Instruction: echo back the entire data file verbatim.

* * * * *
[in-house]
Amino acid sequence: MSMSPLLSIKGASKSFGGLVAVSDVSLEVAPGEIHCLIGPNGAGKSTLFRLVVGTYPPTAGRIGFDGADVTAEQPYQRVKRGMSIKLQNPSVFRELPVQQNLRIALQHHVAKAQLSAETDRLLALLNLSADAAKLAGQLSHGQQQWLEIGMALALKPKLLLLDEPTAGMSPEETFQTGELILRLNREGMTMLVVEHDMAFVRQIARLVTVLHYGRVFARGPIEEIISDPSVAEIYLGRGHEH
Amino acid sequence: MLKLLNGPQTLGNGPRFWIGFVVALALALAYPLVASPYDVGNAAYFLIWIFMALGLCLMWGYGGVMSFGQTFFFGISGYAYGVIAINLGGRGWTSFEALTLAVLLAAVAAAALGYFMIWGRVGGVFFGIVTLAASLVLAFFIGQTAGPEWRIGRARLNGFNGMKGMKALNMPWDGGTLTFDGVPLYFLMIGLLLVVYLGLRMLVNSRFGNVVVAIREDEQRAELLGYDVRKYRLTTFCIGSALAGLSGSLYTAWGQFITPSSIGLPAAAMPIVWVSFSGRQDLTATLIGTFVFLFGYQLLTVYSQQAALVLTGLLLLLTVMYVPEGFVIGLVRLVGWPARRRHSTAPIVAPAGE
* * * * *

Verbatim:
[in-house]
Amino acid sequence: MSMSPLLSIKGASKSFGGLVAVSDVSLEVAPGEIHCLIGPNGAGKSTLFRLVVGTYPPTAGRIGFDGADVTAEQPYQRVKRGMSIKLQNPSVFRELPVQQNLRIALQHHVAKAQLSAETDRLLALLNLSADAAKLAGQLSHGQQQWLEIGMALALKPKLLLLDEPTAGMSPEETFQTGELILRLNREGMTMLVVEHDMAFVRQIARLVTVLHYGRVFARGPIEEIISDPSVAEIYLGRGHEH
Amino acid sequence: MLKLLNGPQTLGNGPRFWIGFVVALALALAYPLVASPYDVGNAAYFLIWIFMALGLCLMWGYGGVMSFGQTFFFGISGYAYGVIAINLGGRGWTSFEALTLAVLLAAVAAAALGYFMIWGRVGGVFFGIVTLAASLVLAFFIGQTAGPEWRIGRARLNGFNGMKGMKALNMPWDGGTLTFDGVPLYFLMIGLLLVVYLGLRMLVNSRFGNVVVAIREDEQRAELLGYDVRKYRLTTFCIGSALAGLSGSLYTAWGQFITPSSIGLPAAAMPIVWVSFSGRQDLTATLIGTFVFLFGYQLLTVYSQQAALVLTGLLLLLTVMYVPEGFVIGLVRLVGWPARRRHSTAPIVAPAGE